Yes, technical knowledge learned in school and maintained and developed through use in our chosen professions, including business, engineering, medicine, and others, is essential but true creativity, whether in the humanities or in scientific discoveries or business innovations, comes from questioning assumptions, and challenging existing dogma. And, when they do happen, there is a distinctive pleasure of intellectual understanding and satisfaction attained.

Thanks, Professor Gutting, for sparking the conversation surrounding why we teach.

And, although I am on sabbatical this year, I have still managed to contribute to teaching here in Sweden, on Operations Management and Supply Chain Network Theory, in Austria by teaching a course at the Vienna University of Economics and Business on Humanitarian Logistics and Healthcare, and next week I will be taking part in a PhD Workshop on How to Publish.

My doctoral students (present, past, and, hopefully, future ones)  in Management Science will continue to educate others and to inspire and this gives me great satisfaction.

Tuesday, May 21, 2013

Preparing a Graduate Commencement Speech -- From the Isenberg School of Management to the School of Business, Economics and Law in Sweden

Now is the time for college graduations and, in Massachusetts, over the past several days, we have been the scene for numerous ones -- from the UMass Amherst graduations to graduations in Boston and to even the Smith College graduation last weekend at which Arianna Huffington gave the commencement address. And Oprah Winfrey will be speaking at Harvard University's commencement on May 30.

Last, year, I was honored to give the commencement address at the Master's degree graduate commencement ceremony at the University of Gothenburg's School of Business, Economics and Law on June 14, 2013. My speech was on Life as a Network and it can be accessed here.

A writeup on the speech appeared in the UMass Amherst's In the Loop.

When I received an invitation a few months ago from Dean Maureen McKelvey of the University of Gothenburg to give this year's commencement speech, I immediately agreed.

Giving a commencement speech in the US is one thing -- giving a commencement speech in another country is a truly special experience.

I had the great experience of giving the commencement speech at the Isenberg School's undergraduate commencement in May 2003, which took place at the Mullins Center, so I can say that I have given such speeches on 2 continents.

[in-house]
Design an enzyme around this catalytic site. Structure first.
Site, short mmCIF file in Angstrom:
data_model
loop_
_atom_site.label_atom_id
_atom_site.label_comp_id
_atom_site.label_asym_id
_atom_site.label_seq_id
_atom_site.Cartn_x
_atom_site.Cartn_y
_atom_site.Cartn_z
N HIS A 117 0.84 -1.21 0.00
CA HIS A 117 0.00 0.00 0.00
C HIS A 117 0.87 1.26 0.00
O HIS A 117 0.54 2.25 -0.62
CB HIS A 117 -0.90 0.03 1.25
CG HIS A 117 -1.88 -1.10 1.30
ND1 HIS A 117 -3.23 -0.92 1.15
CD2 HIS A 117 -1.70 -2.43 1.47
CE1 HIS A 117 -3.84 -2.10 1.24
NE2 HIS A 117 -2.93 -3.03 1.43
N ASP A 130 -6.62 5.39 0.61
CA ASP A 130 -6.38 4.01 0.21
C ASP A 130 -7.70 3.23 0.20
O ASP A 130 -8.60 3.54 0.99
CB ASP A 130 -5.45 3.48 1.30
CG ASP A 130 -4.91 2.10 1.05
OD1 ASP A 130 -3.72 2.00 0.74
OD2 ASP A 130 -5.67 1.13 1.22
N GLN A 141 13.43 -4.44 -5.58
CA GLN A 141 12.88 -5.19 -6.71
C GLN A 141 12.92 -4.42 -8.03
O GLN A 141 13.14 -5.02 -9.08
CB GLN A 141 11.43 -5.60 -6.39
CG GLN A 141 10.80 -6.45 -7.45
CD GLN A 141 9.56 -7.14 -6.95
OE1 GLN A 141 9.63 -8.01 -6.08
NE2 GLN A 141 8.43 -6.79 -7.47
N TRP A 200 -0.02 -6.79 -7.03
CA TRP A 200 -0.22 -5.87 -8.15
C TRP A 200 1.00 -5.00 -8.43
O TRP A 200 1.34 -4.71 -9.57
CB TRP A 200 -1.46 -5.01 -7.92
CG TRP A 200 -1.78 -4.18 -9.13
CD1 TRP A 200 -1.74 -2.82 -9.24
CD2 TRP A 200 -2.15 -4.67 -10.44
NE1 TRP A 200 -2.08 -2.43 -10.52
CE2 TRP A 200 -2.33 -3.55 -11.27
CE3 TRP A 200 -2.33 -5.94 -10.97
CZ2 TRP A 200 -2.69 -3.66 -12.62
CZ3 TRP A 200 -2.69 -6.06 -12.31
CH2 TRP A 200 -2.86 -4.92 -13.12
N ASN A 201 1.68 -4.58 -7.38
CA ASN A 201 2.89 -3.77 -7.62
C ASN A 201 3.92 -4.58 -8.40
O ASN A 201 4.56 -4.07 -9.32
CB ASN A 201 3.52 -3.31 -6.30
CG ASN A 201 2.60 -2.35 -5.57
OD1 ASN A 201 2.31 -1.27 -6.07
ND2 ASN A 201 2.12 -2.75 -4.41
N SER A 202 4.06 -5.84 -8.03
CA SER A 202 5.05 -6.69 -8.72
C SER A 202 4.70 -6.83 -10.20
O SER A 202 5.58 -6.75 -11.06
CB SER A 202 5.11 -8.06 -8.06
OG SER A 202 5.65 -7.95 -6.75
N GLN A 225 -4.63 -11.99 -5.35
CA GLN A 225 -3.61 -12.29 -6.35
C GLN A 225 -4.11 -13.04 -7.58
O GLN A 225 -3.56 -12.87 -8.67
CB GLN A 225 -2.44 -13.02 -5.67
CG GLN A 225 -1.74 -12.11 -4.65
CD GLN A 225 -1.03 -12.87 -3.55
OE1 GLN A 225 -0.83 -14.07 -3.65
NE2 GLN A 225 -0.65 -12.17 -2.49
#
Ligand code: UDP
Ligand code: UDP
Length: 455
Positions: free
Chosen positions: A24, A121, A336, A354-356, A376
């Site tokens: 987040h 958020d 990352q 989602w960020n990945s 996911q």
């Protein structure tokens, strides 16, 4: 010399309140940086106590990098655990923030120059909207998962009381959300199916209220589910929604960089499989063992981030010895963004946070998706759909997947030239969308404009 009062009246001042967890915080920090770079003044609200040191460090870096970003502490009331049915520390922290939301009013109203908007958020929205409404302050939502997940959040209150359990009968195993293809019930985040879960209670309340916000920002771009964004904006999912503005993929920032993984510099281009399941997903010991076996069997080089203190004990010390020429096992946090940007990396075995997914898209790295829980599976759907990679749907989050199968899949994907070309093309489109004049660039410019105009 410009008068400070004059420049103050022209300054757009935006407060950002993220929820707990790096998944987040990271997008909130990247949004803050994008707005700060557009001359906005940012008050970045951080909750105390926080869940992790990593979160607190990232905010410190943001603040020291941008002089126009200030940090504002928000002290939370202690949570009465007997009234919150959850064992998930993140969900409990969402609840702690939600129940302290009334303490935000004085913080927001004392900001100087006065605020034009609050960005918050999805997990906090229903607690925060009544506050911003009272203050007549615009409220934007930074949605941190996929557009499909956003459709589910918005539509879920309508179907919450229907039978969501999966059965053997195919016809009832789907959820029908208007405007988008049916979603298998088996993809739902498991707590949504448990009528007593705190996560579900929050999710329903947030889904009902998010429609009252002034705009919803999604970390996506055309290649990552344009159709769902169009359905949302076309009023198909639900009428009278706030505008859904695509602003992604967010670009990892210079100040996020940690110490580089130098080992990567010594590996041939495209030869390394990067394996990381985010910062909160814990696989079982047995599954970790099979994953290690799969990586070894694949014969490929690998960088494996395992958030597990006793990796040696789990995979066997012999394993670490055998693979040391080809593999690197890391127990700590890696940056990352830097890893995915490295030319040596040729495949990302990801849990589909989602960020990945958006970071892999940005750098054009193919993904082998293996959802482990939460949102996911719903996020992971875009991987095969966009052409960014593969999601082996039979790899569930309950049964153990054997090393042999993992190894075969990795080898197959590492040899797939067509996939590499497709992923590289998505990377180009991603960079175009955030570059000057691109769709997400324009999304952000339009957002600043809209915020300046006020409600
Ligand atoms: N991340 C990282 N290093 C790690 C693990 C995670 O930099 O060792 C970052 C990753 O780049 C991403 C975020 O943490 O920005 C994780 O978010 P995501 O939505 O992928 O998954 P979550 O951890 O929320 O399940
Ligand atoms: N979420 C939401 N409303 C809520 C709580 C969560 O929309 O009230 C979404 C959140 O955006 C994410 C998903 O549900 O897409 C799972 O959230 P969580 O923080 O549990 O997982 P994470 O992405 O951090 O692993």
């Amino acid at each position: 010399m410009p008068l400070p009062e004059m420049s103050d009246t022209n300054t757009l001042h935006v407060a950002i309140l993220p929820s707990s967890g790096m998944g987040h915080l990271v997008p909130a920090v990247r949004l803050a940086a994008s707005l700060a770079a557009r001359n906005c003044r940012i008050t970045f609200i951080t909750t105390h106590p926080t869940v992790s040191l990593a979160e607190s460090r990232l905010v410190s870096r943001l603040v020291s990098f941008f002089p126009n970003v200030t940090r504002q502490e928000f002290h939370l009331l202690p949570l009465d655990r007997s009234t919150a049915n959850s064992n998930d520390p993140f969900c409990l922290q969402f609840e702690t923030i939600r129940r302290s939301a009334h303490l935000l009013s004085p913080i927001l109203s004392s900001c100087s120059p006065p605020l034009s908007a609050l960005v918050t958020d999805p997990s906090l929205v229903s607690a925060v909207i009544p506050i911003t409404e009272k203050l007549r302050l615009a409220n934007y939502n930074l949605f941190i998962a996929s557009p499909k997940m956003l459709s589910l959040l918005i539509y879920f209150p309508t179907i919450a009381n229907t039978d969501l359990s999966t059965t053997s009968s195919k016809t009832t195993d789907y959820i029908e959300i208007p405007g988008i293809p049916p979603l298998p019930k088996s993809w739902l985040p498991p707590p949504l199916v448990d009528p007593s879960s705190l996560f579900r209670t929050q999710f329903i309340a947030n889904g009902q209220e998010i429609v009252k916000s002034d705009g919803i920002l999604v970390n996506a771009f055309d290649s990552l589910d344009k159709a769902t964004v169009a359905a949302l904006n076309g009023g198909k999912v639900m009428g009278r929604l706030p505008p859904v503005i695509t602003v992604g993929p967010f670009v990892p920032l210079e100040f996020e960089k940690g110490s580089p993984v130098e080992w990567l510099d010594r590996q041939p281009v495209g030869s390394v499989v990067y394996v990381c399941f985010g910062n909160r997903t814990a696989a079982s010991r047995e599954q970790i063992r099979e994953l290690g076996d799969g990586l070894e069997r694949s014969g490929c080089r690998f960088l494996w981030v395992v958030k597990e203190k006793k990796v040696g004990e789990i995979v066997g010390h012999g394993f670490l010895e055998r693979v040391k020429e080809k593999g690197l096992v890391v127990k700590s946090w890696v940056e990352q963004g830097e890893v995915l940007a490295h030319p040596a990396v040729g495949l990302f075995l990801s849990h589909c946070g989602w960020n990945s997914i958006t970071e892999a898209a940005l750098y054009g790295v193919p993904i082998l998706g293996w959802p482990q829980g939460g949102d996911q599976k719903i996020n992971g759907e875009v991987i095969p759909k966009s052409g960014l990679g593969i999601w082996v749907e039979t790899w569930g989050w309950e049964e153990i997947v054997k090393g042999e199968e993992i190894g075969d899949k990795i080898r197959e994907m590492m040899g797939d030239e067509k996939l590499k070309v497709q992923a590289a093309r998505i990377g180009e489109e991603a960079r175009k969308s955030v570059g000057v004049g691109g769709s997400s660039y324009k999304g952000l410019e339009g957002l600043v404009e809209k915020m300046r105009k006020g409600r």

This will be my fifth visit/stay in Gothenburg, since 2012, and,  as a Visiting Professor of Operations Management there, through its unique Visiting Professorship Programme, Gothenburg, Sweden has become my second home.

I will be delivering my commencement speech on June 12, 2013 in Gothenburg and my theme this year will be Leadership.

I will speak on what makes a great leader -- one of many themes that I have been writing about on this blog and will also bring personal experiences into the text.

I plan on emphasizing resiliency, creativity, communications, diversity, and integrity, and, as I did last year, I will share with you photos from the ceremony.

Sunday, May 19, 2013

Surviving Prejudice as a Woman Programmer and Academic by Losing Yourself in Your Work

Today, we had our Isenberg School of Management PhD picnic in North Amherst on a cool and rainy Sunday afternoon.

I always feel that it is very important to show up to such events to support the doctoral students and, despite the weather, it was wonderful to see many of our students enjoying one another's company, conversing with the faculty who showed up (a few actually did), and huddling in the pavilion for some warmth.

This was a nice break, despite the unfortunate weather, since I had spent hours working on a plenary talk, Network Economics and the Internet, that I will be giving in Athens next month. I had been "in the flow" for hours,  consumed by the task at hand and had made great progress -- quite enjoyable and rewarding.

Upon my return from the picnic, I glanced over The New York Times, and became intrigued by the OpEd by Ellen Ullman, How to be a `Woman Programmer.'

I have written about working in industry as a computer programmer, while pursuing my Master's degree at Brown University in Applied Math (thanks to the companies that paid my way). and often write about how much I enjoy the research that I do, which necessarily requires algorithm development and implementation -- which means computer programming -- to solve problems that we build mathematical models for.

Ullman writes in her OpEd (and I concur with her) that The first requirement for programming is a passion for the work, a deep need to probe the mysterious space between human thoughts and what a machine can understand; between human desires and how machines might satisfy them.  The second requirement is a high tolerance for failure. programming is the art of algorithm design and the craft of debugging errant code. In the words of the great John Backus, inventor of the Fortran programming language: “You need the willingness to fail all the time. You have to generate many ideas and then you have to work very hard only to discover that they don’t work. And you keep doing that over and over until you find one that does work.” 

Computer programmers are necessarily resilient!

Ullman writes of the challenges that she faced during 20 years as a programmer and how today women may be facing even more virulent discrimination and prejudice and the numbers reflect that women are underrepresented in the computer science fields and industry. She speaks of venture capitalists looking for those that resemble them to invest in.

Sad to say, I feel this prejudice even as a holder of a chaired professorship. Ullman speaks of the disregard and the invisibility and I can attest (colleagues can confirm) that requests for information at even a departmental level fall on deaf ears and no response is received, despite repeated attempts.

Ullman beautifully concludes her piece with the following:

What will save you is tacking into the love of the work, into the desire that brought you there in the first place. This creates a suspension of time, opens a spacious room of your own in which you can walk around and consider your response. Staring prejudice in the face imposes a cruel discipline: to structure your anger, to achieve a certain dignity, an angry dignity.